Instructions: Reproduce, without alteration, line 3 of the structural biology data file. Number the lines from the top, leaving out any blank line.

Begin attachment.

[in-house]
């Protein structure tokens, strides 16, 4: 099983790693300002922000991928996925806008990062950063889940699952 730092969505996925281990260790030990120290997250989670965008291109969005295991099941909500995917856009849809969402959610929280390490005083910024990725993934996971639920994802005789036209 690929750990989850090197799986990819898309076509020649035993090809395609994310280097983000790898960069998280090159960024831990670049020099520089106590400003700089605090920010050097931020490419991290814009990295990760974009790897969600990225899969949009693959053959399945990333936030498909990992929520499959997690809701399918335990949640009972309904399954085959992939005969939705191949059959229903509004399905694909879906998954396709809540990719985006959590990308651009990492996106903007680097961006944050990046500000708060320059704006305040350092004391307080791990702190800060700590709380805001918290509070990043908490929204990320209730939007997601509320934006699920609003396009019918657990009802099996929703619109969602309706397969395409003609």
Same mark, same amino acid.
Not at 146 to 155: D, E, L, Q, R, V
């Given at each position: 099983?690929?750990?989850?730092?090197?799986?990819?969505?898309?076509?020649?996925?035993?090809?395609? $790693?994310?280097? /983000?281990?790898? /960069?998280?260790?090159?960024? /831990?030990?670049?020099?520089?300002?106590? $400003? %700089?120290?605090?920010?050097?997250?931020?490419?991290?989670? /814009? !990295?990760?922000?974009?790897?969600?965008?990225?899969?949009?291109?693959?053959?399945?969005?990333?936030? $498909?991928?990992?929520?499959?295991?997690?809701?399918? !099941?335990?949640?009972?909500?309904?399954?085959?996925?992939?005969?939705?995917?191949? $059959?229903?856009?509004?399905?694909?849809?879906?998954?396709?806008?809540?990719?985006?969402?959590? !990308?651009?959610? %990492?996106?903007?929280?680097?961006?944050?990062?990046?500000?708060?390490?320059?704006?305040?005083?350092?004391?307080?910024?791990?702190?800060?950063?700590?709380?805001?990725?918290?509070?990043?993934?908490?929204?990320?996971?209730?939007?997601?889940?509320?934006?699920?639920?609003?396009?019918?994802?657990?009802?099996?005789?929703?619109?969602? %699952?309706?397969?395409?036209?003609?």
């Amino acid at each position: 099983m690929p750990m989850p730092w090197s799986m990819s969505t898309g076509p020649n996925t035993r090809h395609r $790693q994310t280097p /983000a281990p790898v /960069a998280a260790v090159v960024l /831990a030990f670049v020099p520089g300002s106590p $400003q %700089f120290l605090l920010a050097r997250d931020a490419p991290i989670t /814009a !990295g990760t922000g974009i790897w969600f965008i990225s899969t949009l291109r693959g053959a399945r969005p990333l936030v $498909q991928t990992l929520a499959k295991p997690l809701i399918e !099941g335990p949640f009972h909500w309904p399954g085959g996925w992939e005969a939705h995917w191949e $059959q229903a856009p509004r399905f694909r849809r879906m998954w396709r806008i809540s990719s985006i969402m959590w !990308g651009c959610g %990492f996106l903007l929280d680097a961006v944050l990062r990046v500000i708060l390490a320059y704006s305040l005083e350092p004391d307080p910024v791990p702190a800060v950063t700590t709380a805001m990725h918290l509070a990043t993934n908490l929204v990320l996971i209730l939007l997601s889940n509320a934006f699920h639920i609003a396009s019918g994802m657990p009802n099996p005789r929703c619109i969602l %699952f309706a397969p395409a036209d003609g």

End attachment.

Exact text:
Same mark, same amino acid.